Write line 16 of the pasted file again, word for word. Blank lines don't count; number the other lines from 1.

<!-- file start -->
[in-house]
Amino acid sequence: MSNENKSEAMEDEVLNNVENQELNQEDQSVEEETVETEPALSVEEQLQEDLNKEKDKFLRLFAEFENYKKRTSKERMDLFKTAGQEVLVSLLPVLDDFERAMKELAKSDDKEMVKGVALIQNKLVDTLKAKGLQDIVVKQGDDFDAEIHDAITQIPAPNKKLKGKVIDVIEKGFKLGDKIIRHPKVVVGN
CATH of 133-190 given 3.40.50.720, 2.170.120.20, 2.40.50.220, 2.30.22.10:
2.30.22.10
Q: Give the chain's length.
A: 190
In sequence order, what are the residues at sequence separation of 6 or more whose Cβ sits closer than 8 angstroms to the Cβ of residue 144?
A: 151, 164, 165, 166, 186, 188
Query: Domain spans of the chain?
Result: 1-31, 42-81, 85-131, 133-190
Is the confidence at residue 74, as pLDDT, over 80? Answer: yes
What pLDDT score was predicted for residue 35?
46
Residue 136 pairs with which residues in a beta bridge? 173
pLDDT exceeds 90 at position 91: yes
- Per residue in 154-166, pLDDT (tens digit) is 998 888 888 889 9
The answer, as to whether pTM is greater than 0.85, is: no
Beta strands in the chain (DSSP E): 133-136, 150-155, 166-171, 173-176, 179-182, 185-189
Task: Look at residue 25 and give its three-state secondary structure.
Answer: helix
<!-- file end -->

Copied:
- Per residue in 154-166, pLDDT (tens digit) is 998 888 888 889 9